Home Healthcare Workers: How to Prevent Violence on the Job
Home healthcare workers can be vulnerable as they face an unprotected and unpredictable environment each time they enter a client’s community and home. The spectrum of violence ranges from verbal abuse, to stalking or threats of assault, to homicide. Verbal abuse from the client, family members, or people in the community is a form of workplace violence. Verbal abuse may be subtle, such as asking for help beyond the scope of the job (such as with cleaning), or it may be obvious, such as complaining about job performance or worker appearance—or even threatening to cause harm.
- Establish a zero-tolerance policy for all incidents of violence.
- Train workers on recognizing and preventing workplace violence.
- Investigate all reports of violence.
- Work with police to identify dangerous neighborhoods where special precautions need to be taken and provide that information to employees.
- Participate in violence-prevention training.
- Report to your employer all incidents of violence, no matter how minor.
MANAGING VIOLENT SITUATIONS
- Consider working with an escort in high-crime areas, and if possible, schedule visits during daylight hours.
- Be sure of the location and have accurate directions to the house or apartment.
- Always let your employer know your location and when to expect you to report back.
- When driving alone, have the windows rolled up and doors locked.
- Park the vehicle in a well-lit area, away from large trees or shrubs where a person could hide.
- Keep healthcare equipment, supplies, and personal belongings locked out of sight in the trunk of the vehicle.
- Before getting out of the car, check the surrounding location and activity. If you feel uneasy, do not get out of the car.
How to Prevent Violence on the Job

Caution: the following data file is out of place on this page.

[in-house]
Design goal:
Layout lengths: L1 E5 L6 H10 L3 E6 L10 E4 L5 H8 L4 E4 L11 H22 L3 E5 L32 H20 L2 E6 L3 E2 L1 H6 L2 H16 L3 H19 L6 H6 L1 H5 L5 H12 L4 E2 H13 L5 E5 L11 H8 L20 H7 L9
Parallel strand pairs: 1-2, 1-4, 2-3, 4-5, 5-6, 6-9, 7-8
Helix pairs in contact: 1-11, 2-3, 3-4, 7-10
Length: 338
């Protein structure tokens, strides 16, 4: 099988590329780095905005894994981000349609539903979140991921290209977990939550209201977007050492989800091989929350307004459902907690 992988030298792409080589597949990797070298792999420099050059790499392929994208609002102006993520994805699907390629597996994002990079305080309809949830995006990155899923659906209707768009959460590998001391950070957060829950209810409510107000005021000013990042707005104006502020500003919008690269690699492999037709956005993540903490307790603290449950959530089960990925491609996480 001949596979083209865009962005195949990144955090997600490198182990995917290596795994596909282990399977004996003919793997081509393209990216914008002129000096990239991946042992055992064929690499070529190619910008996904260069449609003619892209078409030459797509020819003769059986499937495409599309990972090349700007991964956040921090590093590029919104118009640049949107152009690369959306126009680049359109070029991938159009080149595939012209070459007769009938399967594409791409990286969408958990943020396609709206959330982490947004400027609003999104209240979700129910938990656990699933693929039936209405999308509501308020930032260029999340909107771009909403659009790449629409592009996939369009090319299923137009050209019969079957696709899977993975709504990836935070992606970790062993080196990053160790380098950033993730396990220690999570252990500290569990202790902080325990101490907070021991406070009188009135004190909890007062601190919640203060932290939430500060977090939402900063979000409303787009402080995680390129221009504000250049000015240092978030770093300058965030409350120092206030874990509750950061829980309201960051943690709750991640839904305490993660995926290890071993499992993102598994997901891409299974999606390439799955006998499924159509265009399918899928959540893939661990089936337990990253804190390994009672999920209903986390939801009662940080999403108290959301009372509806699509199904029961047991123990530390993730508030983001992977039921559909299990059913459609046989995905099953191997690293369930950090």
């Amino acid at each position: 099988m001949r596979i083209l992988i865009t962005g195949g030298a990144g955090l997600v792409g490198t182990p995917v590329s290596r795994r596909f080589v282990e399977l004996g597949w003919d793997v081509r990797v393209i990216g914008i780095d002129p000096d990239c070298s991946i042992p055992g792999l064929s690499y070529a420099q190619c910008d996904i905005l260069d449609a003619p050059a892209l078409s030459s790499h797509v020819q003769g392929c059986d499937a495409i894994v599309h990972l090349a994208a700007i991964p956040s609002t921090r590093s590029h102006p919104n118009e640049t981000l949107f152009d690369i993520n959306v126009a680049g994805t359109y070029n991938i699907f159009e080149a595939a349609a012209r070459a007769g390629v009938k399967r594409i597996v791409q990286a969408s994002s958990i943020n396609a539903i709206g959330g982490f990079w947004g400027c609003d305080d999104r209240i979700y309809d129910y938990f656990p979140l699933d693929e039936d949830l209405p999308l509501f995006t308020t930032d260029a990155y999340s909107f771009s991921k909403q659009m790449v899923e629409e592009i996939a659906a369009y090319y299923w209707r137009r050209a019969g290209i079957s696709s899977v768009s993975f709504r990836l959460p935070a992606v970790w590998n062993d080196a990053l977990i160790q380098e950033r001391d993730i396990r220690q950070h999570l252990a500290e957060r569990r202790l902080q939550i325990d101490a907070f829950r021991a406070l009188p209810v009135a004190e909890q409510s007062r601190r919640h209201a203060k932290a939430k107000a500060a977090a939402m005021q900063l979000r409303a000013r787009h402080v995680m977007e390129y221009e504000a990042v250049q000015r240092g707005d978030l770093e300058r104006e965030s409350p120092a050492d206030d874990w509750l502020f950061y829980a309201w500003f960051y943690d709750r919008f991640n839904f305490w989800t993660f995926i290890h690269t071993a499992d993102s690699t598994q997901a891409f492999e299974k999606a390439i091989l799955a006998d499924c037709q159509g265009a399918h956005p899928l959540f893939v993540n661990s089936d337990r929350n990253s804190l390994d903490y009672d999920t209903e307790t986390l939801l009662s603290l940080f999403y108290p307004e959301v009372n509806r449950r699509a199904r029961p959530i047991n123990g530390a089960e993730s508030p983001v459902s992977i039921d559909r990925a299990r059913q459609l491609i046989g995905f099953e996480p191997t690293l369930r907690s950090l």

- Stay in your car and contact your manager if you notice anything that might threaten your security, such as strong odors from a drug lab, gunshots, or shouting and sounds of fighting.
- During the visit, use basic safety precautions by (1) being alert, (2) evaluating each situation for possible violence, and (3) watching for signals of impending violent assault, such as verbally expressed anger and frustration, threatening gestures, signs of drug or alcohol abuse, or the presence of weapons.
- Notify your employer if you observe an unsecured weapon in the client’s home.
- Maintain behavior that helps to defuse anger by (1) presenting a calm, caring attitude, (2) not matching threats, (3) not giving orders, and (4) acknowledging the person’s feelings.
- Avoid behaviors that may be interpreted as aggressive (for example, moving rapidly or getting too close, touching unnecessarily, or speaking loudly).
- If possible, keep an open pathway for exiting.
- Trust your judgment.
- Avoid situations that don’t feel right.
- If you are being verbally abused, ask the abuser to stop. If the abuser does not stop, then leave and notify your employer.
- If you cannot gain control of the situation, shorten the visit and remove yourself from the situation. If you feel threatened, leave immediately.
- If you need help, use your cell phone to call your employer or 911, depending on the severity of the situation.
- If you observe a crime, contact the police.
This is one in a series of six fast fact cards developed to provide practical advice for home healthcare workers and is based on NIOSH Hazard Review: Occupational Hazards in Home Healthcare, NIOSH Pub No. 2010–125.
Telephone: 1–800–CDC–INFO | TTY: 1–888–232–6348
Email: firstname.lastname@example.org | Web: www.cdc.gov/niosh/topics/healthcare
DHHS (NIOSH) Publication No. 2012–118
Access this external content